compelling the audience to consider the many prevalent key themes explored in the film such as Good Vs Evil and the pursuit of perfection. Black Swan attempts to move responders into the mind of Nina, bringing them to feel and understand her struggle and pain. Aronofsky’s use of handheld tracking shots is effectively utilized to enhance and portray his key themes. The handheld tracking appears to control Nina in many scenes throughout the movie making her vulnerable and entices the audience to feel that she is being sought after. This technique makes it clear to the audience that Nina is trying to escape from the evil force that is gradually consuming her and taking control of her life. This particular film technique assists in highlighting to the audience Aronofsky’s themes of mental instability and the transformation from Good (symbolized by the White Swan) and Evil (symbolized by the Black Swan). The erratic movement from the hand held camera highlights to the viewer that Nina is delusional, physically and mentally unstable, as the dark presence she is escaping from is fictitious.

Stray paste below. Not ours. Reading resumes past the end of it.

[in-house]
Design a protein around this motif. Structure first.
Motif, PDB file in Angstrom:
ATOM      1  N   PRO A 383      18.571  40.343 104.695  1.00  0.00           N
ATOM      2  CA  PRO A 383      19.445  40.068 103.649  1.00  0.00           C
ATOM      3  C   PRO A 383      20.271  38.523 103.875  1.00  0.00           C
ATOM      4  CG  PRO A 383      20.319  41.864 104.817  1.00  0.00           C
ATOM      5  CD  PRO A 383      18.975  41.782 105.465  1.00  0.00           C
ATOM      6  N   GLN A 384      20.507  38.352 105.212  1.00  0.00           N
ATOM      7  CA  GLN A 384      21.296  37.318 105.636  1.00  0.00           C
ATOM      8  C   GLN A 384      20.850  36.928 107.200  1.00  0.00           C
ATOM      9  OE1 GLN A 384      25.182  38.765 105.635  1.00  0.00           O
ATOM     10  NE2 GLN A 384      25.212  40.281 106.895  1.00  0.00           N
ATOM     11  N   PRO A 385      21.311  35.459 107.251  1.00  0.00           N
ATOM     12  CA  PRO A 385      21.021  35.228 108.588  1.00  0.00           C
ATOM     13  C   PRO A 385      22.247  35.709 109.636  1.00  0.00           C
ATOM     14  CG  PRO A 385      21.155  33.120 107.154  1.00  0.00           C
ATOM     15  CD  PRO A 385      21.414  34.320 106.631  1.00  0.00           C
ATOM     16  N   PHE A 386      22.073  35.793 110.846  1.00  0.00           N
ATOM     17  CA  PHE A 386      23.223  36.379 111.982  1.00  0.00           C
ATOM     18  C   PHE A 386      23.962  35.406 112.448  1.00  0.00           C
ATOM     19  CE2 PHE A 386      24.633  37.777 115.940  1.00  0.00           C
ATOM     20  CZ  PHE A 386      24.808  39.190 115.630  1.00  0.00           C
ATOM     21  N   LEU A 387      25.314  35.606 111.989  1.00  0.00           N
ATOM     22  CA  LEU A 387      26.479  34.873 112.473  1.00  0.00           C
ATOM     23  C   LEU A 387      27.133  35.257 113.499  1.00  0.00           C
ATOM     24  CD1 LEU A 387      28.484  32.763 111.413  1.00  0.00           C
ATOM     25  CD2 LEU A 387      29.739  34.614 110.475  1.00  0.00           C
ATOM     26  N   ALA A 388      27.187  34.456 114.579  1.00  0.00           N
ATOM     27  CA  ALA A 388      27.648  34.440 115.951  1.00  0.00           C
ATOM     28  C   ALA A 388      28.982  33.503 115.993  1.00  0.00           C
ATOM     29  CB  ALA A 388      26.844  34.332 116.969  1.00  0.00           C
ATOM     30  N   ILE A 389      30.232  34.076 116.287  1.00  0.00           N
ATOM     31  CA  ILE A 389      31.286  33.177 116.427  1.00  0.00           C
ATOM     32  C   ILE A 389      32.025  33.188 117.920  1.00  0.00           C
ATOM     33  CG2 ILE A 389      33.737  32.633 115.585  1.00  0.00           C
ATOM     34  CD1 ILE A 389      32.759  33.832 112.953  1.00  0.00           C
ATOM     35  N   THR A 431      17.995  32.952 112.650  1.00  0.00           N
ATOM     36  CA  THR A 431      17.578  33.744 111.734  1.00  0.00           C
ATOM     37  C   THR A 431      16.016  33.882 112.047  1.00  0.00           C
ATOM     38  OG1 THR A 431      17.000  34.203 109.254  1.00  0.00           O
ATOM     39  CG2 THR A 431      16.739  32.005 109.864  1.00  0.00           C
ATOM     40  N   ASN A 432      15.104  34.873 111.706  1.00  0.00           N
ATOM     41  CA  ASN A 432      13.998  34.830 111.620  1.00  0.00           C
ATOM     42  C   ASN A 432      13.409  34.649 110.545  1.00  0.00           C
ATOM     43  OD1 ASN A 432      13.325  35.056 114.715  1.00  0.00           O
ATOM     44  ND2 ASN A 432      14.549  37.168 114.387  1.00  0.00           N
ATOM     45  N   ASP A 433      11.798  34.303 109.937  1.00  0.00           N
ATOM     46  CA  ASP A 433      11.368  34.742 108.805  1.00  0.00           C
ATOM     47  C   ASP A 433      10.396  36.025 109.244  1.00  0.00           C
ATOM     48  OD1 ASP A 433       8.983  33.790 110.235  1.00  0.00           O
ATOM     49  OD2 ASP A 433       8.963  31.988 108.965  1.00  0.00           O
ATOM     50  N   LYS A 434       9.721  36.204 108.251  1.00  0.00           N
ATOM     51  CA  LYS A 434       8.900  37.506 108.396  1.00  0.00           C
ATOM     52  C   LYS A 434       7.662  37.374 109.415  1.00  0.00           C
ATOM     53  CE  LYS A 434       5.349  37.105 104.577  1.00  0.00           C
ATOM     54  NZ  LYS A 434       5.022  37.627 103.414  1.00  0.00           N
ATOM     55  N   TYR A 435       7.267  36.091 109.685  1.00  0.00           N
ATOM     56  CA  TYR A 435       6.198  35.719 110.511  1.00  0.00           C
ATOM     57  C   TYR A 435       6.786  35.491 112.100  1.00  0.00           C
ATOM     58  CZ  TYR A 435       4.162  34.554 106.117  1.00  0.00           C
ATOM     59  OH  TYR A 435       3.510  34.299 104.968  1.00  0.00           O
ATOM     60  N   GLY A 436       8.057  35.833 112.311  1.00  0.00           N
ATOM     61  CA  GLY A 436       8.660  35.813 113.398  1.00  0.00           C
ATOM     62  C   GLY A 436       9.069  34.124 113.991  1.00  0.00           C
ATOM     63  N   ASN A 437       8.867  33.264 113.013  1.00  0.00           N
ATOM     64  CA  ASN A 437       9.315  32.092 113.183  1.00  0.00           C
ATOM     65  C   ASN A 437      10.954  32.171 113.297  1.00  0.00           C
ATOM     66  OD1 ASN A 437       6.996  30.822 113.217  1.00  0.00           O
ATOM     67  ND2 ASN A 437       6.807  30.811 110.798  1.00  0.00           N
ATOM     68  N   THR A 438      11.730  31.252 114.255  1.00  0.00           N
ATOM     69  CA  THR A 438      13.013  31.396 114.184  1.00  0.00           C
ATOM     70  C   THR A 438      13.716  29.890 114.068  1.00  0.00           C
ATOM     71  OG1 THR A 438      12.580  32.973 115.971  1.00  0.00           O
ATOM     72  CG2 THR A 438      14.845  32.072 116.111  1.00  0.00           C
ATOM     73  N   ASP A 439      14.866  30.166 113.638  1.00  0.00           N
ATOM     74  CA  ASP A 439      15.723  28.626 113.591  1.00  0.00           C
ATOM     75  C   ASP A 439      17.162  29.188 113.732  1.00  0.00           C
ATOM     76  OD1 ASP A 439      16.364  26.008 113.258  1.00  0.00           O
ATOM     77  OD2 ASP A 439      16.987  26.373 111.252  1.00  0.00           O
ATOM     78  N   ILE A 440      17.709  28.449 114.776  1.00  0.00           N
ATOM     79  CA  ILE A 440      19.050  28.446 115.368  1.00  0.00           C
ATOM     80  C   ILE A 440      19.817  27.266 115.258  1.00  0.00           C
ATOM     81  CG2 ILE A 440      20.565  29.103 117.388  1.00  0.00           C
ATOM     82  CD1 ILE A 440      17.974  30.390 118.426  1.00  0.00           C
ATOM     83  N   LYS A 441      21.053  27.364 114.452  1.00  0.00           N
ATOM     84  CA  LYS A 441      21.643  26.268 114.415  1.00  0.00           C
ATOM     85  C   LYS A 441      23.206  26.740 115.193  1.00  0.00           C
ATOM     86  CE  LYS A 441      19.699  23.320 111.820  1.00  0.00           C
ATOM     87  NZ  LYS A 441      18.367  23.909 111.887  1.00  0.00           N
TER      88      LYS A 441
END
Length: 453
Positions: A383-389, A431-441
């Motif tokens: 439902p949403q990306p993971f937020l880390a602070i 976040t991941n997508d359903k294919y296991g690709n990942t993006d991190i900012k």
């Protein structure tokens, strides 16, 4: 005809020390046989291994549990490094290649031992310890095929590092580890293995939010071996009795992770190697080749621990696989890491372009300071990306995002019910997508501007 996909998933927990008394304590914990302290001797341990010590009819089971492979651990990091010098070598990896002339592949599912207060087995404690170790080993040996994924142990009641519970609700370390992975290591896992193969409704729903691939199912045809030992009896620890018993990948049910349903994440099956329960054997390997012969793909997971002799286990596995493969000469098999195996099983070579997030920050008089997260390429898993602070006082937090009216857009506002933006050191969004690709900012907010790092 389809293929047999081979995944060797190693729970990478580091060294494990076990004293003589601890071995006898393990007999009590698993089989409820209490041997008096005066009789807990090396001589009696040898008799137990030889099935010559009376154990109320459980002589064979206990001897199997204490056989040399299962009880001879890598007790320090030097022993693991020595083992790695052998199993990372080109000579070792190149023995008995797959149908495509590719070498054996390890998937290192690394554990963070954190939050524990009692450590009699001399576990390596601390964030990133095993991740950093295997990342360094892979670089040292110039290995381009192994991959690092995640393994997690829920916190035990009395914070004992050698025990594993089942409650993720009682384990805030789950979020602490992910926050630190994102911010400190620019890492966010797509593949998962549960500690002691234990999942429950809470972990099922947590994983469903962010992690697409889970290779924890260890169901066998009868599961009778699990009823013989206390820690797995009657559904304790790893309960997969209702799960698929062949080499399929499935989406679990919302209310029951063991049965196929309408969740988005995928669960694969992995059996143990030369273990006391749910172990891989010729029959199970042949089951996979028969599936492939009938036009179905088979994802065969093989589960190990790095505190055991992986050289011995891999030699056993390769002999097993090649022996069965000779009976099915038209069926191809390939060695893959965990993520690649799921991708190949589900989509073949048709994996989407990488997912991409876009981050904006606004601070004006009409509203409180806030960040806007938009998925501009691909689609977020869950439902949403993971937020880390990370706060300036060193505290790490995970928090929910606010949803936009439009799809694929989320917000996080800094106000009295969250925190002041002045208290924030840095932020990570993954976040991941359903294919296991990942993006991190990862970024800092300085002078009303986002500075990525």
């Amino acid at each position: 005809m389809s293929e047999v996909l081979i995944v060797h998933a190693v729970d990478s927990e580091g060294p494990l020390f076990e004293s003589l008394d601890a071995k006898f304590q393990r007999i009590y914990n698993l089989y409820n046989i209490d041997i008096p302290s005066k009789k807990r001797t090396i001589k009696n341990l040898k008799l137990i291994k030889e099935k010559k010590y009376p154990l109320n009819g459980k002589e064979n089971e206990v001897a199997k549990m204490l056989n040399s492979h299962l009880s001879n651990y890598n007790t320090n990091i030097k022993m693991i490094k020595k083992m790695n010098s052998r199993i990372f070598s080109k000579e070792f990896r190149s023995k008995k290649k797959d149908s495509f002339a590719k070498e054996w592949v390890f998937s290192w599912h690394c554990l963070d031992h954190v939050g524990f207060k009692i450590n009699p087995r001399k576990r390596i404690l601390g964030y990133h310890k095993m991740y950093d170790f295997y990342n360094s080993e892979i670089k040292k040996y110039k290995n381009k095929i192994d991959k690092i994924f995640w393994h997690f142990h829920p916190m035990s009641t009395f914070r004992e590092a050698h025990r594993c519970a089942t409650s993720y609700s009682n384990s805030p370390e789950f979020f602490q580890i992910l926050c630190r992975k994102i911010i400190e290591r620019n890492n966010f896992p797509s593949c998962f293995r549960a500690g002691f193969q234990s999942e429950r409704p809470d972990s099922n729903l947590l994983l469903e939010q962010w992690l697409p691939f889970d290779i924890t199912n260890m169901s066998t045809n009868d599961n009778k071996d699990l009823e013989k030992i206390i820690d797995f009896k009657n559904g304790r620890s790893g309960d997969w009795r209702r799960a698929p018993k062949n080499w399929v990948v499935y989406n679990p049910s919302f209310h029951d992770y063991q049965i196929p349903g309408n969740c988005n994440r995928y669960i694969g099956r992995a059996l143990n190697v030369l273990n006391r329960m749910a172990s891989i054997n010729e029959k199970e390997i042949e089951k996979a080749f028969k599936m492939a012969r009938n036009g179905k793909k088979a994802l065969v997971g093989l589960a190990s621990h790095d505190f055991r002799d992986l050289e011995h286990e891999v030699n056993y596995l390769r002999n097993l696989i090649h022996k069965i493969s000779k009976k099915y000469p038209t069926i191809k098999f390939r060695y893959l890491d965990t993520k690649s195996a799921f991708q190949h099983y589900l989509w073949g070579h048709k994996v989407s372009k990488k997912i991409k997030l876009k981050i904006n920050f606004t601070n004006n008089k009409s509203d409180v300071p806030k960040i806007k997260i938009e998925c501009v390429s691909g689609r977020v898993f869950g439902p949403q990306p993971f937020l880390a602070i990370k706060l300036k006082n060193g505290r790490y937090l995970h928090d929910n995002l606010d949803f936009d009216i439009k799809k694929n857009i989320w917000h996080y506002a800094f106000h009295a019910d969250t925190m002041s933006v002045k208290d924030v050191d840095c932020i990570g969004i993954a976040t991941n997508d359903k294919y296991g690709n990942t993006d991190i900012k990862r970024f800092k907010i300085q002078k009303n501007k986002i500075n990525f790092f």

Dolly shots were also another film technique that Aronofsky utilized in the film to highlight his themes. The opening scene in the movie is Nina dreaming of herself dancing as the Swan Queen. This initial scene highlights her desire for perfection. Use of dolly shots is evident in this scene as the camera tracks and focuses on the detailed movements of her feet, highlighting the movements required for success. There are no faults in each small, agile step and this illustrates Nina’s desire of perfection. The smooth nature of the dolly shot illustrates her fluidity as she dances. The theme of seeking perfection permeates Black Swan as the main drive for Nina’s success and ultimate demise. There is a parallel to Dickinson, who looked for perfection and solace in nature but her inability to connect with society became an insurmountable obstacle that she never overcome.